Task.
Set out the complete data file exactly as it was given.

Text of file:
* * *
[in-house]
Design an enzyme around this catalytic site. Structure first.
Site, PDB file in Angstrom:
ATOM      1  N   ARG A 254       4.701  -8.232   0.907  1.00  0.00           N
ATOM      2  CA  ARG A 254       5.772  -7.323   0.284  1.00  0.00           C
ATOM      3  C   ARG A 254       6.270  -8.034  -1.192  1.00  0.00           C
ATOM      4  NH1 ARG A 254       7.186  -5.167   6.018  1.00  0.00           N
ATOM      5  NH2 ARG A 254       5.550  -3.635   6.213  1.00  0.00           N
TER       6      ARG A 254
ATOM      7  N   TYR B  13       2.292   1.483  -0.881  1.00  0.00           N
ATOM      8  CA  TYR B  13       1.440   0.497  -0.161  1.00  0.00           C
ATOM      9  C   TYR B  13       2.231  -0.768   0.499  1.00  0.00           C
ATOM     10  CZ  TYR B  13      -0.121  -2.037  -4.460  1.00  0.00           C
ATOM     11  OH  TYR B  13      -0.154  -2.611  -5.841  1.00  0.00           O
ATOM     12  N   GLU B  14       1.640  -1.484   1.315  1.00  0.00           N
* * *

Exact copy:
[in-house]
Design an enzyme around this catalytic site. Structure first.
Site, PDB file in Angstrom:
ATOM      1  N   ARG A 254       4.701  -8.232   0.907  1.00  0.00           N
ATOM      2  CA  ARG A 254       5.772  -7.323   0.284  1.00  0.00           C
ATOM      3  C   ARG A 254       6.270  -8.034  -1.192  1.00  0.00           C
ATOM      4  NH1 ARG A 254       7.186  -5.167   6.018  1.00  0.00           N
ATOM      5  NH2 ARG A 254       5.550  -3.635   6.213  1.00  0.00           N
TER       6      ARG A 254
ATOM      7  N   TYR B  13       2.292   1.483  -0.881  1.00  0.00           N
ATOM      8  CA  TYR B  13       1.440   0.497  -0.161  1.00  0.00           C
ATOM      9  C   TYR B  13       2.231  -0.768   0.499  1.00  0.00           C
ATOM     10  CZ  TYR B  13      -0.121  -2.037  -4.460  1.00  0.00           C
ATOM     11  OH  TYR B  13      -0.154  -2.611  -5.841  1.00  0.00           O
ATOM     12  N   GLU B  14       1.640  -1.484   1.315  1.00  0.00           N